« PreviousContinue »
the Whigs *, under whose patronage he first entered the world, he became a Tory so ardent and determinate, that he did not willingly consort with men of different opinions. He was one of the sixteen Tories who met weekly, and agreed to address each other by the Title of Brother; and seems to have adhered, not only by concurrence of political designs, but by peculiar affection, to the earl of Oxford and his family. With how much confidence he was trusted, has been already told.
He was however, in Pope's opinion, fit only to make verses, and less qualified for business than Addison himself. This was surely said without consideration. Addison, exalted to a high place, was forced into degradation by the sense of his own incapacity ; Prior, who was employed by men very capable of estimating his value, having been secretary to one embassy, had, when great abilities were again wanted, the same office another time; and was, after so much experience of his knowledge and dexterity, at last sent to transact a negotiation in the highest degree arduous and important; for which he was qualified, among other requisites, in the opinion of Bolingbroke, by his influence upon the French minister, and by skill in questions of commerce above other men.
Of his behaviour in the lighter parts of life, it is too late to get much in telligence. One of his answers to a boastful Frenchman has been related, and to an impertinent he made another equally proper, During his embassy, he sat at the opera by a man, who, in his rapture, accompanied with his own voice the principal singer. Prior fell to railing at the performer with all the terms of reproach that he could collect, till the French man çeasing from his song, began to expostulate with him for his harsh censure of a man who was confessedly the ornament of the stage. “I know that," says the ambassador, " mais il chante si haut, que je ne scaurois vous entendre.”
In a gay French company, where every one sung a little song or stanza, of which the burden was, “ Bannisons la Melancholie;" when it came to his turn to sing, after the performance of a young lady that sat next him, he produced these extemporary lines:
Mais celle voix, et ces beaux yeux,
Tradition represents him as willing to descend from the dignity of the poet and stateman to the low delights of mean company. His Chloe probabiy was sometimes ideal: but the woman with whom he cohabited was a despicable drab t of the lowest species. One of his wenches, perhaps Chloe, while he was absent from his house, stole his plate and ran away; as was re
Spence;, [and see Gent, Mag. yol. LVII. p. 1039.)
lated by a woman who had been his servant. Of this propensity to sordid converse I have seen an account só seriously ridiculous, that it seems to deserve insertion :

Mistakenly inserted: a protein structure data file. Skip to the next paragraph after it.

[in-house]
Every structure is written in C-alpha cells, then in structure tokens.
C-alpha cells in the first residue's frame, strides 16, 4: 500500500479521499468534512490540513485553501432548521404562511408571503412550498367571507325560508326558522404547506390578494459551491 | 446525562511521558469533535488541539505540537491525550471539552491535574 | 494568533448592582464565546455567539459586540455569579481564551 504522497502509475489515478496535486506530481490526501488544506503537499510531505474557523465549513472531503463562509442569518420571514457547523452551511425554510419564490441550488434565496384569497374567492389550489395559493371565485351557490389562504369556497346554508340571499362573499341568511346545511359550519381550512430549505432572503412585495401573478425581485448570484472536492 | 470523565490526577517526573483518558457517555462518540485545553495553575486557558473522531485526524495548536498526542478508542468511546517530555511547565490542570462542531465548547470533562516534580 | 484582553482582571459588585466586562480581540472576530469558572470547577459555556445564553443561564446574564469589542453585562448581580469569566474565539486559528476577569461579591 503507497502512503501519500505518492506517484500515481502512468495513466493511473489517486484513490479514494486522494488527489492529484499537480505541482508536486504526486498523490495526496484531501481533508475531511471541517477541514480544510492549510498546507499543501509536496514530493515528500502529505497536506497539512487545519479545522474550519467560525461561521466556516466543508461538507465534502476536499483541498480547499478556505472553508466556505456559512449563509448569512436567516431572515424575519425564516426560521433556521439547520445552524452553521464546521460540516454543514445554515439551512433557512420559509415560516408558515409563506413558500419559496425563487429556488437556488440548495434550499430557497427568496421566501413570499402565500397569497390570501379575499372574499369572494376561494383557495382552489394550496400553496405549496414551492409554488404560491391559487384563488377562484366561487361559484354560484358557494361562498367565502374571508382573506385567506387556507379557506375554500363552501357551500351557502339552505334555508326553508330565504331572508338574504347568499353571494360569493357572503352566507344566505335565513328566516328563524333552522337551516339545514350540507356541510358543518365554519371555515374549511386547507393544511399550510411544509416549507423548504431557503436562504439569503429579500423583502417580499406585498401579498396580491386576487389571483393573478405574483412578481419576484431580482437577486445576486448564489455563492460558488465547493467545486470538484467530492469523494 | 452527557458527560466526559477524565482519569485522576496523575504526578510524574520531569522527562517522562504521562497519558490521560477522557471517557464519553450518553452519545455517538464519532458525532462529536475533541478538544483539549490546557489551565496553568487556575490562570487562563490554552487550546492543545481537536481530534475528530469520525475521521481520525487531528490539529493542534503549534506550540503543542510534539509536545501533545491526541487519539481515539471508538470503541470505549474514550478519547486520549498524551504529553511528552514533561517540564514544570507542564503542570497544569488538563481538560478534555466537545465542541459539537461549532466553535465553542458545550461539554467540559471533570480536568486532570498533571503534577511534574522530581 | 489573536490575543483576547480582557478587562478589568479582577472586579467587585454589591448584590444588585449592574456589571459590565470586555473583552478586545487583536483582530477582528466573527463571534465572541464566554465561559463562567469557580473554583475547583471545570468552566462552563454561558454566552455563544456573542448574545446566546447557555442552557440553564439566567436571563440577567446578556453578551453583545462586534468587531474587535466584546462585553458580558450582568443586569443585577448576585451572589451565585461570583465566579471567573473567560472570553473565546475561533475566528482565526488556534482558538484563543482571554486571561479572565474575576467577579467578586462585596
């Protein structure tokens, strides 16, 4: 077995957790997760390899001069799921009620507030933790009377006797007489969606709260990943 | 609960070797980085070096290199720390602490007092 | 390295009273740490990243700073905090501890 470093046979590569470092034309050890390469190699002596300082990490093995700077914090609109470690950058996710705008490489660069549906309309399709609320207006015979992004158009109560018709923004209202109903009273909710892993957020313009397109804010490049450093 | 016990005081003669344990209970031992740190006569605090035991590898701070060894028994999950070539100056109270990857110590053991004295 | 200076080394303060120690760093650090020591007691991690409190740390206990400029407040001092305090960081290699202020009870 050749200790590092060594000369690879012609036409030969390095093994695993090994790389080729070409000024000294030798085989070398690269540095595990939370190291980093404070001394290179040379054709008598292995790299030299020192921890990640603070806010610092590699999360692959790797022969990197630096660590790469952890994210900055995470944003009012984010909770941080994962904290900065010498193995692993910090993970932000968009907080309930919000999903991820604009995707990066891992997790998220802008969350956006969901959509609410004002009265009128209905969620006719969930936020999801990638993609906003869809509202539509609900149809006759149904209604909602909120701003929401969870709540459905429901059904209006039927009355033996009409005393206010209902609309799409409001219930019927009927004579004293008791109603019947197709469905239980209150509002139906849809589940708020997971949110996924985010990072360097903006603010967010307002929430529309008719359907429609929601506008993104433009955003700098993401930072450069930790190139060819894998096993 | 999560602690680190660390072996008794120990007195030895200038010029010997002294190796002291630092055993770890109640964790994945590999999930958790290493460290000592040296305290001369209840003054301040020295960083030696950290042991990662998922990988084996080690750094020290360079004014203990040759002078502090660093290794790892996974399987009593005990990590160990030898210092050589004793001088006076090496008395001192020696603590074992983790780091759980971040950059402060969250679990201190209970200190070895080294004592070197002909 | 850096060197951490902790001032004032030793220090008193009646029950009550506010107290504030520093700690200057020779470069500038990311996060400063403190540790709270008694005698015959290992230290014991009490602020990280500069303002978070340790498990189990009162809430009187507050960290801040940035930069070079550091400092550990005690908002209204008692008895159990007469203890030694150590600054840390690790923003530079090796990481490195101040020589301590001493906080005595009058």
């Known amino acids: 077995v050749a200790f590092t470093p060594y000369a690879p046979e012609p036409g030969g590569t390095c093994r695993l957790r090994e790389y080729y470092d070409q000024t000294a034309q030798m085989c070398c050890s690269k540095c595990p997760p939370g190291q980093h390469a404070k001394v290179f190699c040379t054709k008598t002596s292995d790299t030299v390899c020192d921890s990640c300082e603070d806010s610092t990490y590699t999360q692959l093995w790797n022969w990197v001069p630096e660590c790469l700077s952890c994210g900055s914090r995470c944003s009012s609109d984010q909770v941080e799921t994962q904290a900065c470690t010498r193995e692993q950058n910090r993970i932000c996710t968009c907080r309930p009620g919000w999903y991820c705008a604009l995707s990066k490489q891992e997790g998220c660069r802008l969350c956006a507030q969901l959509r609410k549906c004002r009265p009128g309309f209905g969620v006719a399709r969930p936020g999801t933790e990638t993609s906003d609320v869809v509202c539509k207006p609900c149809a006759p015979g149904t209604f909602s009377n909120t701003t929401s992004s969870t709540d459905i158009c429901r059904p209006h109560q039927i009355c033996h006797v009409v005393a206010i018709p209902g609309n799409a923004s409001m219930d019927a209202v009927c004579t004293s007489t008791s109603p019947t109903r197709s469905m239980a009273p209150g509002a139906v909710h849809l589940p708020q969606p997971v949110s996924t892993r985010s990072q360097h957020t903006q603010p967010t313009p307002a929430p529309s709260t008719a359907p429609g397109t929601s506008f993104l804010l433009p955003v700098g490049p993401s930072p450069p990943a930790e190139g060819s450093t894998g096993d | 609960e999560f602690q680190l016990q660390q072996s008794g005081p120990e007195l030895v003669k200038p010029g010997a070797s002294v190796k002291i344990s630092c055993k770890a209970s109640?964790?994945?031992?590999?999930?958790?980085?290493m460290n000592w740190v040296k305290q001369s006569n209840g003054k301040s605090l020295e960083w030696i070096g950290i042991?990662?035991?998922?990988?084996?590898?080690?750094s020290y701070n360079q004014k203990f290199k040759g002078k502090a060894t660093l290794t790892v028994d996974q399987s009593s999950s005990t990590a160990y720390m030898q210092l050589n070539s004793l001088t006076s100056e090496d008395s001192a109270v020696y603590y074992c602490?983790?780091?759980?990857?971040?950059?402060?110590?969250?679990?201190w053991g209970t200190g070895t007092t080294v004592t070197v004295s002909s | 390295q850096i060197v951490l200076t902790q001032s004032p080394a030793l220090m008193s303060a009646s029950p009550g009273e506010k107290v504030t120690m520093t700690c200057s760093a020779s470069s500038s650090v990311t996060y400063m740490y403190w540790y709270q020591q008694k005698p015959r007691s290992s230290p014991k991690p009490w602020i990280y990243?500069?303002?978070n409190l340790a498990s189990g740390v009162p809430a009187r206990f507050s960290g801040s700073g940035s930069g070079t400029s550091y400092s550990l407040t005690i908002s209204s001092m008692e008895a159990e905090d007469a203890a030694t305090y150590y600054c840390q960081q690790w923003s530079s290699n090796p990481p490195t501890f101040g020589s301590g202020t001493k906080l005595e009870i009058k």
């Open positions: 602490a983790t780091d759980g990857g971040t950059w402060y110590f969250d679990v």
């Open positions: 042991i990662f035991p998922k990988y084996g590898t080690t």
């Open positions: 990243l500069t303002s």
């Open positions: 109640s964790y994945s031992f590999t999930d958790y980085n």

“ I have been assured that Prior, after having spent the evening with Ox* ford, Bolingbroke, Pope, and Swift, would go and smoke a pipe, and " drink a bottle of ale, with a common soldier and his wife, in Lor-Acre, “ before he went to bed; not from any remains of the lowness of his original, " as one said, but, I suppose, that his faculties,
" --Strain'd to the height,
Poor Prior, why was he so strained, and in such want of repair, after a conversation with men, not, in the opinion of the world, much wiser than himself? But such are the conceits of speculatists, who strain their facullies to find in a mine what lies upon the surface.
His opinions, so far as the means of judging are left us, seem to have been right; but his life was, it seems, irregular, negligent, and sensual.
PRIOR tas written with great variety, and his variety has made him popular. He has tried all styles from the grotesque to the solemn, and has not so failed in any as to incur derision or disgrace.
His works may be distinctly considered as comprising Tales, Love-verses, Occasional Poems, Alma, and Solomon.
His Tales have obtained general approbation, being written with great familiarity and great spriteliness; the language is easy, but seldom gross, and the numbers smooth, without appearance of care. Of these tales there are only four. The Ladle, which is introduced by a Preface, neither necessary por pleasing, neither grave nor merry. Paulo Purganti; which has likewise a' Preface, but of more value than the Tale. Hans Carvel, not over decent and Pretogenes and Apelles, an old story, mingled, by an affectation not disa greeable, with modern images. The Young Gentleman in Love has hardly a just ciaiin to the title of a Tale. I know not whether he be the original author of any Tale which he has given us. The adventure of Hans Carvel has passed through many successions of merry wits; for it is to be found in Ariosto's Satires, and is perhaps yet older. But the merit of such stories is the art of telling them.